One of the more popular business expenses for home-based businesses is the home office deduction. The IRS code states that the space used for the home office must be used exclusively and regularly for the operation of the business.
No other activity can be conducted in the home office to qualify for the tax deduction. If the taxpayer uses the room for any other purpose (such as a guest bedroom or place for students to prepare their homework) then the home office deduction is not allowed.
Some expenses are deductible whether or not a taxpayer uses his or her home for business. Others are deductible only if the home is used for business.
Expenses that benefit only the area exclusively used for business, such as painting or repairs in the home office, are direct expenses that are fully deductible.
Expenses for keeping up and running the entire home, such as insurance, utilities, and general repairs, are indirect expenses that are deductible based on the percentage of the home used for business.
Expenses for the part of the home not used for business, such as lawn care or painting a room not used for business, are unrelated expenses that are not deductible.
The basic local telephone service for the first telephone line is nondeductible even if it is used for business. Any additional charges for long distance or a second line into the home used for business are deductible. Any deductible telephone costs are not included as business use of home cost.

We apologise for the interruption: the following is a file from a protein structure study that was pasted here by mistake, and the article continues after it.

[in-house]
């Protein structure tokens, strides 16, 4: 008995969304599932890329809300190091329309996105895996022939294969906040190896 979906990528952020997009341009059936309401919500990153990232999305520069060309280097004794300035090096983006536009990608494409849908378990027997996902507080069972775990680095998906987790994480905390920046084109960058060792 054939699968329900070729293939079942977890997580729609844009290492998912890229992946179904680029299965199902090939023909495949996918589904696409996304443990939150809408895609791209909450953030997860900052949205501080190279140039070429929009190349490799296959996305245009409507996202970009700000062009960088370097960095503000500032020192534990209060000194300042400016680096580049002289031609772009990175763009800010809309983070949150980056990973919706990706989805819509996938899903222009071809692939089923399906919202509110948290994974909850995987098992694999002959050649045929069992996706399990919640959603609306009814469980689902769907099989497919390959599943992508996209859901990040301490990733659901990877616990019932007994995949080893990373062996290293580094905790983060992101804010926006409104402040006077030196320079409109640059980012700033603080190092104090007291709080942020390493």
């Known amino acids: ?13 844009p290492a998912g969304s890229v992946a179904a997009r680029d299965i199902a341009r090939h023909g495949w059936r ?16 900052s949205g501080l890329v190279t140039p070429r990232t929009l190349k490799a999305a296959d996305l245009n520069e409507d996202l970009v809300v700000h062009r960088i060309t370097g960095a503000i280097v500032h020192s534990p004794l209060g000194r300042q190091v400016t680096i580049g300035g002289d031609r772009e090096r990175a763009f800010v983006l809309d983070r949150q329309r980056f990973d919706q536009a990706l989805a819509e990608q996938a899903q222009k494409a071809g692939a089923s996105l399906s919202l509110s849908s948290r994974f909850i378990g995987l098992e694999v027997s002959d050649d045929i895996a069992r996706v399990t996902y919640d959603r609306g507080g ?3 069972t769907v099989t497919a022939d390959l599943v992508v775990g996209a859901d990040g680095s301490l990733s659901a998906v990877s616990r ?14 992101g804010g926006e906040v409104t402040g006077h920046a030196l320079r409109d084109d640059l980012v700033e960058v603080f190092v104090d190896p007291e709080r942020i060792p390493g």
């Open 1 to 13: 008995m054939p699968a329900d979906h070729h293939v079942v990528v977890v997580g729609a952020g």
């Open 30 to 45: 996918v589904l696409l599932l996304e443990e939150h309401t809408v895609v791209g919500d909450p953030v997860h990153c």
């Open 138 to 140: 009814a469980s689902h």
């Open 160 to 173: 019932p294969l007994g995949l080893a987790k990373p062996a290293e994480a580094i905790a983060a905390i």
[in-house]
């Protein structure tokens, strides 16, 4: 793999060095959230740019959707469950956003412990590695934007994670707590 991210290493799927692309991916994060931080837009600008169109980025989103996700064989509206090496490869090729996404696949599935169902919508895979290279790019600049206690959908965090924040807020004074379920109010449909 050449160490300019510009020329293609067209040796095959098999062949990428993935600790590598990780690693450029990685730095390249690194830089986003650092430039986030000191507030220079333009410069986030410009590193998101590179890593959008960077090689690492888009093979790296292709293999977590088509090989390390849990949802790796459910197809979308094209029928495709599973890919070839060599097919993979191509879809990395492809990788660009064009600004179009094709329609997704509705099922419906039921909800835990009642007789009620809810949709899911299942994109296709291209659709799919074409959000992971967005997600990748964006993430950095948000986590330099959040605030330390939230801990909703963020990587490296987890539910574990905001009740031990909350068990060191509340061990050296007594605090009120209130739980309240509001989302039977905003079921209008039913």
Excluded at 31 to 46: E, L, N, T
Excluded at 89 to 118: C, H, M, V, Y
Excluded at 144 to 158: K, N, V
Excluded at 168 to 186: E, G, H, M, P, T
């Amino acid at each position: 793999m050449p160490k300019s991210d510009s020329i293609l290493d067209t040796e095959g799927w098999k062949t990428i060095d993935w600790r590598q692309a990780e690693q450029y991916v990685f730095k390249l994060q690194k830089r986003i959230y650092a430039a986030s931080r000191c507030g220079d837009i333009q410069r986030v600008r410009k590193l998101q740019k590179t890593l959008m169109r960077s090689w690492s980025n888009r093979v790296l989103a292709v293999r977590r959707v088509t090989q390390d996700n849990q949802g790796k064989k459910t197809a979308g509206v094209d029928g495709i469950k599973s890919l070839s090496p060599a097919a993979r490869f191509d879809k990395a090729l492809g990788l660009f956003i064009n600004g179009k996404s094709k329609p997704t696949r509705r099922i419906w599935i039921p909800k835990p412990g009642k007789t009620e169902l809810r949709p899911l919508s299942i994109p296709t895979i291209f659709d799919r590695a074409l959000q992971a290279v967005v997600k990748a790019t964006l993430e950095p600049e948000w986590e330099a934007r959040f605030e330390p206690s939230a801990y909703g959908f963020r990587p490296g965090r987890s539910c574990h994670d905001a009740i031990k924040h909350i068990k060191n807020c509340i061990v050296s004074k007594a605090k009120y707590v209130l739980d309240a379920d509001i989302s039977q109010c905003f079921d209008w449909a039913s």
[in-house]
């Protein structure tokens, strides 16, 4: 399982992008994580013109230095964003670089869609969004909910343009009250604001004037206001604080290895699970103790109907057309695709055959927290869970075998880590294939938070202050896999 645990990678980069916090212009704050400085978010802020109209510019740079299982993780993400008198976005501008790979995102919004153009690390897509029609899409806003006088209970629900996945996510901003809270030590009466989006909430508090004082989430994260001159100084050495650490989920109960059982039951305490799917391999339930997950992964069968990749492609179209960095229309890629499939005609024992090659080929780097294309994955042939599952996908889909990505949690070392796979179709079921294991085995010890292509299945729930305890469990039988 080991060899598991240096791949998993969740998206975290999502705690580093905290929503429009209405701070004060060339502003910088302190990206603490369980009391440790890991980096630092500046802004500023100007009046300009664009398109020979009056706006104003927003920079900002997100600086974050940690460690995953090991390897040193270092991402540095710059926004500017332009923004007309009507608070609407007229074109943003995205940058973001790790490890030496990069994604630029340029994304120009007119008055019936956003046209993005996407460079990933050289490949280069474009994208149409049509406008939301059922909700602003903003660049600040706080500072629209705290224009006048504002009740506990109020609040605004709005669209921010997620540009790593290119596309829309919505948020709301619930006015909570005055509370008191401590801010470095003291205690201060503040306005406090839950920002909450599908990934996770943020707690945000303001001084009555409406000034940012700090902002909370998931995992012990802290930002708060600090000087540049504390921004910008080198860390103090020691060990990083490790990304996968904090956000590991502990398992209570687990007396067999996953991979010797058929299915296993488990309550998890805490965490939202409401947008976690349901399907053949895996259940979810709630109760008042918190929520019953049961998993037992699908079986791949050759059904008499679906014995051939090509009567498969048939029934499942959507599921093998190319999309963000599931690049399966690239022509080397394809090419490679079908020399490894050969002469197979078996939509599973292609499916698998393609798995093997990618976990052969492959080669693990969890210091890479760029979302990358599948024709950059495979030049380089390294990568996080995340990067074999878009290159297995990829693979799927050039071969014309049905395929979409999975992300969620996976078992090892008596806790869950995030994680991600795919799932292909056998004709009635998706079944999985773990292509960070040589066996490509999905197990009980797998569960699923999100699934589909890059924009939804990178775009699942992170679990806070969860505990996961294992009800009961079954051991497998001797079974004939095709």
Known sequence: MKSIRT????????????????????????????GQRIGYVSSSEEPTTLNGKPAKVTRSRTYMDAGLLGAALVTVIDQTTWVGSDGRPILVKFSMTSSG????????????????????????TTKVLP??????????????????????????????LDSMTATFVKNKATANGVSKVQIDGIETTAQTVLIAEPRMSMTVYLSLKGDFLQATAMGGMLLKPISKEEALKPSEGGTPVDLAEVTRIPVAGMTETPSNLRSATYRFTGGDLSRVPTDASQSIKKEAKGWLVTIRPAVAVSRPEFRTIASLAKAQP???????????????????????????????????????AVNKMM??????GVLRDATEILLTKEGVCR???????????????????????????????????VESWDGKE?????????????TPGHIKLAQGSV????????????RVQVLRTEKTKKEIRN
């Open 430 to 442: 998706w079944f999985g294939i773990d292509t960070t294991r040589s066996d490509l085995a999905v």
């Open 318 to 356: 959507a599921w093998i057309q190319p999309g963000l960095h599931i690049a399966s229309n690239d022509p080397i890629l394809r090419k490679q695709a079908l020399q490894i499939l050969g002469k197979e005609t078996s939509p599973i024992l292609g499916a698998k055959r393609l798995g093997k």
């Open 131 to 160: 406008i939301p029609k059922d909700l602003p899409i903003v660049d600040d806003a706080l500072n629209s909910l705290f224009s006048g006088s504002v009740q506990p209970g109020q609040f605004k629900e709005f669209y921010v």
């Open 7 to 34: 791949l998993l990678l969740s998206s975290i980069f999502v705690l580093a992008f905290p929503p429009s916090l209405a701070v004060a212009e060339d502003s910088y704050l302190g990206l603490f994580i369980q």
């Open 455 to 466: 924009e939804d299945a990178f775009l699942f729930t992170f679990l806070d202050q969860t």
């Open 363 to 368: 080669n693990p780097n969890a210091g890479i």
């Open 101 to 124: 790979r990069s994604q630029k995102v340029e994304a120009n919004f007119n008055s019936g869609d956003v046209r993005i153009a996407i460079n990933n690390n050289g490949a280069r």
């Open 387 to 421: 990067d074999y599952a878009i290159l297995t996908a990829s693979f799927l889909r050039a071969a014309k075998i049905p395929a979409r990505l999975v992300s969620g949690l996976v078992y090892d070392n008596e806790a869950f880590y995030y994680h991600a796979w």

A qualified home office is considered nonresidential real property depreciable over 39 years. For home office depreciation, the basis in the home is the smaller of:
The fair market value (FMV) of the home minus the FMV of land on the date the home was first used for business, or
The home’s cost plus permanent improvements minus casualty losses minus the cost of land on the date the home was first used for business.
Permanent improvements prior to using the home for business are added to the basis of the home and depreciated as part of the adjusted basis of the home. The cost of improvements made after using the home for business that affect the area of the home used for business are depreciated separately.
Example: Rita had a new roof put on her home in 2000. She first used her home for business in 2004. She also replaced her furnace in 2017. The cost of the new roof from 2000 is added to the basis of her home, and the business portion is depreciated starting in 2004. The business portion of the cost of the furnace is depreciated as a separate asset starting in 2017.
DEDUCTIBLE ONLY IF FOR BUSINESS